The Brief, Tragic Reign of Consumerism – and the birth of a happy alternative

Another awakening to degrowth? But without using “the D word” or offering any specific advice – at least in this article.

by Richard Heinberg, originally published by Post Carbon Institute | Jul 24, 2013

You and I consume; we are consumers. The global economy is set up to enable us to do what we innately want to do – buy, use, discard, and buy some more.

Consumerism also has a history, but not a long one. True, humans like all other animals, are consumers in the most basic sense, in that we must eat to live. Further, we have been making weapons, ornaments, clothing, utensils, toys, and musical instruments for thousands of years, and commerce has likewise been with us for untold millennia.

What’s new is the project of organizing an entire society around the necessity for ever-increasing rates of personal consumption…

A train wreck is foreseeable. No one knows exactly when the impact will occur or precisely how bad it will be… This should be news to nobody by now, as recent government and UN reports spin out the scenarios in ever grimmer detail: rising sea levels, waves of environmental refugees, droughts, floods, famines, and collapsing economies.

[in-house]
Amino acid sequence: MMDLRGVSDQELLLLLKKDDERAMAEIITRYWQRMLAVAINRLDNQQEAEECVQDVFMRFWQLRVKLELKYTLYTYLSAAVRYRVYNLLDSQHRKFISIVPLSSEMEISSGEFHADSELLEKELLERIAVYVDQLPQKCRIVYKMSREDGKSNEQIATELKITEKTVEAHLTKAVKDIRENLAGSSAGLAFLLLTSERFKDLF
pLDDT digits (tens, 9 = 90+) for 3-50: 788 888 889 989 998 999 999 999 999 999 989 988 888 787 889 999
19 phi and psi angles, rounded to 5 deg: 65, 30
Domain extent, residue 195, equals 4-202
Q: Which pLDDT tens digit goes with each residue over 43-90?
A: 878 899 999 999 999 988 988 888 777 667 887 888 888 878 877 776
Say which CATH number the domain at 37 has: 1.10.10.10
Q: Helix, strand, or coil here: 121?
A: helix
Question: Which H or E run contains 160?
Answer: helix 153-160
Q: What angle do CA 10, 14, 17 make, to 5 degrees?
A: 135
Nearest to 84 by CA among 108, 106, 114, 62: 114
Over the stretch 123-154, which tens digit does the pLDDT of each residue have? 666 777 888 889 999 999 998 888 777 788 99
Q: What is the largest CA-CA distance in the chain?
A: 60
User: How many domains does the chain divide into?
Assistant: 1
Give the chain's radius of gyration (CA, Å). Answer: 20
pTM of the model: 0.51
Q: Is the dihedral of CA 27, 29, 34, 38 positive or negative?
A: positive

It is not too soon to wonder what comes after consumerism. If there is good news to be gleaned from the story just told, it is that this mode of economic existence is not biologically determined…

Perhaps the most promising clue comes from the emerging happiness movement… but the happiness movement cannot solve all our problems..

Treating consumerism as though it were merely an individual proclivity rather than a complex, interdependent system with financial and governmental as well as commercial components is both wrong and mostly ineffectual.

GNH (Gross National Happiness) or HPI may be effective packages in which to sell sufficiency to policy makers and citizens; they may also be pathways to a genuinely superior mode of human existence.

Read the entire article here

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